The barely edible slop they call hospital food is another source of unending frustration. Because of my kidney injury, I was on a special renal diet for a while. That just by itself greatly limits what you can eat. But even when they took me off of that, and let me have a regular diet, the food was just plain bad. It reminded me, more than anything, of cheap cafeteria food that’s been sitting in the same aluminum chafing dish for 10 hours. All of it is clearly from a can or big plastic bag. And this was at a hospital where you could even order your food yourself. After much trial and error, the only thing I found that was actually decent were the chicken fingers and macaroni and cheese. And ketchup does wonders in disguising the taste of bad food, it turns out.

Part of my sense that the food was nasty, I’m sure, was a result of the surgery. I could barely eat anything at first. One or two bites of something and I would get simultaneously full and nauseated. And then after a couple bites, you may recall, I’d also have to waddle over to the bathroom to have some more explosive-mostly-watery diarrhea. Delightful! It was quite the accomplishment when, one day, perhaps 8 or 9 days into the hospital stay, I was able to eat two whole chicken fingers and half the mac and cheese. It wasn’t until a few months after the surgery that I was finally able to eat more than a couple bites of anything, and it was nearly 7 months out from surgery by the time I was actually starting to feel hungry at meal time. I lost almost 25 lbs during the first month of all of this, and my weight was eventually going to drop down to “legitimately scary” levels after the second surgery. But we’ll get to all that.

Also as a patient, you’re constantly getting poked and prodded. After a while it gets really old. Unfortunately, they have to run pretty frequent blood tests on people when they’re sick. So you get stuck a lot in the hospital. Before this I couldn’t even watch the needle go in my skin. Now I just stare at the approach the nurse is taking and try to guess if they’re going get it on the first try or not. Even when you’re not admitted you’re coming in for chemo or doctor’s visits and they’re starting IVs and drawing blood. I wanted to rip out all of my IVs and take out all the tubes.  It’s this constant, unending low level pain and annoyance. At any given moment, it’s not particularly intolerable, but it’s just always there. It’s hard to not let that get to you. It puts you in a bad mood all the time.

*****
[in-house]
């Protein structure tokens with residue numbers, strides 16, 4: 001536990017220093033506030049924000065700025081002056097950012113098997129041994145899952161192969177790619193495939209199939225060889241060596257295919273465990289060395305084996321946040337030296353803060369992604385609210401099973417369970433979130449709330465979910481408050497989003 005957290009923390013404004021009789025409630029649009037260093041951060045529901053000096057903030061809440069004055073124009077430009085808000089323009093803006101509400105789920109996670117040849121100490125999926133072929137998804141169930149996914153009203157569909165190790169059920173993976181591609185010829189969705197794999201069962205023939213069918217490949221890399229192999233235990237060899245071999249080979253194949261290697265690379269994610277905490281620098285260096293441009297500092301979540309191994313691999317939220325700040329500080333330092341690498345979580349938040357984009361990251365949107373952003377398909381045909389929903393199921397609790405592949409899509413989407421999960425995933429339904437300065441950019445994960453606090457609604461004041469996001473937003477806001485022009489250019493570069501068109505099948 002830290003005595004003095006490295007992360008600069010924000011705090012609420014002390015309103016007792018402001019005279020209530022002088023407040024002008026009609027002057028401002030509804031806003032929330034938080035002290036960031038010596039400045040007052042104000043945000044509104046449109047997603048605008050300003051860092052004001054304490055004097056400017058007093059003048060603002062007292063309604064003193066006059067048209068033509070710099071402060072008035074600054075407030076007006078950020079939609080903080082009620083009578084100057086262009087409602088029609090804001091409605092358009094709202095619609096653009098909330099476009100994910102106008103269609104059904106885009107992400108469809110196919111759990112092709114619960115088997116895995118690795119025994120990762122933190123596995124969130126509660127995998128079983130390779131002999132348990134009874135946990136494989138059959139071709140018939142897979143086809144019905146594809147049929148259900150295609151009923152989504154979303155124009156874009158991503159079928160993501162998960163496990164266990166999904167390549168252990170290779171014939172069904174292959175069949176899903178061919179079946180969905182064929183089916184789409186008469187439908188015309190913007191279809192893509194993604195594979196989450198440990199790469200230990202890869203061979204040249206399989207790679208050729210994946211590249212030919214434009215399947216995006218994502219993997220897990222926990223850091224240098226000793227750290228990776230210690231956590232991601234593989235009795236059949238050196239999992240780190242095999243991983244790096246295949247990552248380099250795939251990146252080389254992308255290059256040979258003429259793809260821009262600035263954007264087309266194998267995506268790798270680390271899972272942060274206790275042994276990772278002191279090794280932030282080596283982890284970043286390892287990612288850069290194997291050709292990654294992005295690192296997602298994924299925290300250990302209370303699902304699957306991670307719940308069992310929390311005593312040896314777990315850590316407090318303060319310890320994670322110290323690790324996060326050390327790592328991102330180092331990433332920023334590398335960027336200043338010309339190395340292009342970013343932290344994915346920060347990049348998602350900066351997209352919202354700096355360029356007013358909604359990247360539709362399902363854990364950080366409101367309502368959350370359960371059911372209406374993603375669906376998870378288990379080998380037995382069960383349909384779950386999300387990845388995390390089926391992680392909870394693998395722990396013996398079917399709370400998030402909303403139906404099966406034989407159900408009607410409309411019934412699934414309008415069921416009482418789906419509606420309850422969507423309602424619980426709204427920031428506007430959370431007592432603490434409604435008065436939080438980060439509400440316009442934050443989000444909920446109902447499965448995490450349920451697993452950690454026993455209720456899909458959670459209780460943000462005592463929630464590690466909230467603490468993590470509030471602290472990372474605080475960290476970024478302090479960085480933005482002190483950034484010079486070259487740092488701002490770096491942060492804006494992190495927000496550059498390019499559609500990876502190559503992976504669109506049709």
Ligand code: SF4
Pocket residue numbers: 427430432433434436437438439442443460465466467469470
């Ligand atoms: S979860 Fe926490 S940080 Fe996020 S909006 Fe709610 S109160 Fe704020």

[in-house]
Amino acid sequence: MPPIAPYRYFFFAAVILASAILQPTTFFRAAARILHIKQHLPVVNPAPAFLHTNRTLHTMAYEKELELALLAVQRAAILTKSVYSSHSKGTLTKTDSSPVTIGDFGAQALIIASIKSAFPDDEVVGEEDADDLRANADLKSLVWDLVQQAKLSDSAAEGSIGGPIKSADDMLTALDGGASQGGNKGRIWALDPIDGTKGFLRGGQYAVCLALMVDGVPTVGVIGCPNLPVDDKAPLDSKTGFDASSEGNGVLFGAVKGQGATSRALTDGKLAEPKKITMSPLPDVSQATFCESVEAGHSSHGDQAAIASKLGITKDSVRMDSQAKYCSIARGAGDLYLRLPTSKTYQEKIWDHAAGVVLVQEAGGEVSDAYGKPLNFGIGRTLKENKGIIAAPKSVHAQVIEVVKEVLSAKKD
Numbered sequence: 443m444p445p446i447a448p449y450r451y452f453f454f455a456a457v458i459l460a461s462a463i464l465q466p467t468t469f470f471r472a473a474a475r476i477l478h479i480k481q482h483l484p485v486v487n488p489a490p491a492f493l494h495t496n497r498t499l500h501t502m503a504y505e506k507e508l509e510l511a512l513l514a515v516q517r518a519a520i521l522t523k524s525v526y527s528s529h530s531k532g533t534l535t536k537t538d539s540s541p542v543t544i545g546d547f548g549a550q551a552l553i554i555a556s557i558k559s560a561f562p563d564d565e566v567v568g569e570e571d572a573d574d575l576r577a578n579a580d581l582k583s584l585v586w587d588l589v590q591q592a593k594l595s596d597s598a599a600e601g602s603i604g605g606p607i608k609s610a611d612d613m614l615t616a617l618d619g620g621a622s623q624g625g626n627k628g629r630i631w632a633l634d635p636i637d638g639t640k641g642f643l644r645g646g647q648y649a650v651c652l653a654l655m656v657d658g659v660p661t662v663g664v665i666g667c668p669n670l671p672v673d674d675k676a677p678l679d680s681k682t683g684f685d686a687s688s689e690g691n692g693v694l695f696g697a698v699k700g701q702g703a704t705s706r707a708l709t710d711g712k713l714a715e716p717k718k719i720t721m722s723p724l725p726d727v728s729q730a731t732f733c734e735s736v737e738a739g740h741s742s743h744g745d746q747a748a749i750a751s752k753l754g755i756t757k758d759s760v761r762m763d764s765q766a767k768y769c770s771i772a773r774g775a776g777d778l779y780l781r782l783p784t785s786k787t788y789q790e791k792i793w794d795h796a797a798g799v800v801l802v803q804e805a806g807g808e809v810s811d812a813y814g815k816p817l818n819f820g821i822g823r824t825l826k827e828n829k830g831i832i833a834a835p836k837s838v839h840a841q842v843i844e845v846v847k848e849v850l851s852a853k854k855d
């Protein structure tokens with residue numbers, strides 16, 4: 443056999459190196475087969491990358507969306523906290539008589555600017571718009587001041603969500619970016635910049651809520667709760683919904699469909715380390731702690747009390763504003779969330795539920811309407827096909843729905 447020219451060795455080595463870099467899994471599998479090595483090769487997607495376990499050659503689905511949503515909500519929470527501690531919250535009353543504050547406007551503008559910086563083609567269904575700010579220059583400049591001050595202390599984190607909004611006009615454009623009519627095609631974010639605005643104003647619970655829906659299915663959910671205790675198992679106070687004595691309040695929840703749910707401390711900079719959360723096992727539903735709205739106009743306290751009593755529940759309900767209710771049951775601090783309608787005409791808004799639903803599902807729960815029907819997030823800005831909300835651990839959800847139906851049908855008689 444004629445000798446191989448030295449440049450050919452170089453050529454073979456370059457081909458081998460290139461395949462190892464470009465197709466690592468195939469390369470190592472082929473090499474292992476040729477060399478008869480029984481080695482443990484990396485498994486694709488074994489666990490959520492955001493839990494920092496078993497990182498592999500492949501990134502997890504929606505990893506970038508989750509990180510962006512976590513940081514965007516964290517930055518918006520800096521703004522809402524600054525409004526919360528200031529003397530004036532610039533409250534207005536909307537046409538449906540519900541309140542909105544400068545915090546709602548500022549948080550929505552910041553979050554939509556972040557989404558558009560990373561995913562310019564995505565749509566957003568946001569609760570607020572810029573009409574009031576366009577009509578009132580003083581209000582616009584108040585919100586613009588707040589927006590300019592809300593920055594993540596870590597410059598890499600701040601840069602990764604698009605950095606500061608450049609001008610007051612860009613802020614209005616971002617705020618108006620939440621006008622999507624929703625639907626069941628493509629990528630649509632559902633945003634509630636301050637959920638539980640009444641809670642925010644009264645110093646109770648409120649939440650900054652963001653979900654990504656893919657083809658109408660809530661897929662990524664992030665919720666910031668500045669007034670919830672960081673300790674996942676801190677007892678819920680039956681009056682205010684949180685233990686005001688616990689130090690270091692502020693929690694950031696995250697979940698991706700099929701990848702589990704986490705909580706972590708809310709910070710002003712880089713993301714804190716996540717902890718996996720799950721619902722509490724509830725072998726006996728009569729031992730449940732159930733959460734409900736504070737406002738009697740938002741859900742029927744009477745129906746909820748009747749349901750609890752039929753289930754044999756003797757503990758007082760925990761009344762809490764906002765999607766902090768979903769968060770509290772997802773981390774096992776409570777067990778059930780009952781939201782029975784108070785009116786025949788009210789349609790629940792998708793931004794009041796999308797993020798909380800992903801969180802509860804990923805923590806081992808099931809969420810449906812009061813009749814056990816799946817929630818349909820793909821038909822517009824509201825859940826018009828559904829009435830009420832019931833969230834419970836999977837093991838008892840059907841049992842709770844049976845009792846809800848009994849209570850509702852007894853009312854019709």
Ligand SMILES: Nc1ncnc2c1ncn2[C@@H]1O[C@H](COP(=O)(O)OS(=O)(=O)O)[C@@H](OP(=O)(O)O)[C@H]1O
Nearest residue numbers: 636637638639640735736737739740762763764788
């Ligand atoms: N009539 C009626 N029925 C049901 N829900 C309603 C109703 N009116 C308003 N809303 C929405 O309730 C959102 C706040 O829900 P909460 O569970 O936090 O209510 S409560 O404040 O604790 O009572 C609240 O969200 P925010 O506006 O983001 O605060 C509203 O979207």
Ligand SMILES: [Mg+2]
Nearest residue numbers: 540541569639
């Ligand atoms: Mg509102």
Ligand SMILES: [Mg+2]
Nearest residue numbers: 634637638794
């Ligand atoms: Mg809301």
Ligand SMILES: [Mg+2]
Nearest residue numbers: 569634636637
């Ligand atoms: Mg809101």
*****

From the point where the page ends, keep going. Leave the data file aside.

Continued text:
You never feel clean. You always feel kind of like it’s been 2-3 days since your last shower. Even when you do finally get to take a shower, it’s not an enjoyable experience. At least, mine wasn’t. We were up on the 20th floor, and the water pressure reflected that. It was a trickle of water through one of those crappy detachable shower heads. There were two temperatures: really hot, or really cold. So I kind of alternated back and forth, and never could get the temperature quite right. I obviously had the enormous surgical wound that I couldn’t get too wet, as well as the tunneled line which is also not supposed to get wet. So we covered the line with these protective plastic sheets so I could at least stand under the water. I still remember how miserable it was to stand there, alternating between too hot and too cold, trying to avoid getting water on my shoulder and belly, with the IV pole sitting right on the other side of the shower curtain, holding on to the JP drain with my left hand so it wouldn’t just dangle out of my body. Then you have to try to clean yourself while managing all those lines and tubes. It’s fantastic.

Continue reading in the next installment by Christopher Graham here: Chapter 5 | Part 2: An Existential Journey

If you missed chapter one of Christopher Graham’s story, click here to read it now. Then read chapter 2, chapter 3, and chapter 4.

Notes:

  1. An “incentive spirometer” or (wait for it) IS, is a device that you use to help keep your lungs inflated after surgery. Here’s the deal. When you’re in pain, and/or just lying in bed all day, you don’t move your chest wall as much. So, sometimes, small parts of your lungs “collapse.” It’s not as dramatic as it sounds, it’s just empty. The fancy doctor word is “atelectasis.” Most of your lung is aerated so you can even feel totally fine. But, it can cause fevers and it can set you up for infections (pneumonias). The IS is a device that you put in your mouth and then inhale as slowly and as deeply as possible and hold it for a second or two. The idea is that you open up those collapsed segments of lung at the bases when you do this. Wanna know the fancy doctor name for this? “Alveolar recruitment” (PS – alveoli are the parts of your lung, at the end of the airways, where gas exchange – O2 for CO2 – actually happens).

Be the first to comment on "Chapter 5 | Part 1: The Nature of Patienthood"

Leave a comment

Your email address will not be published.


*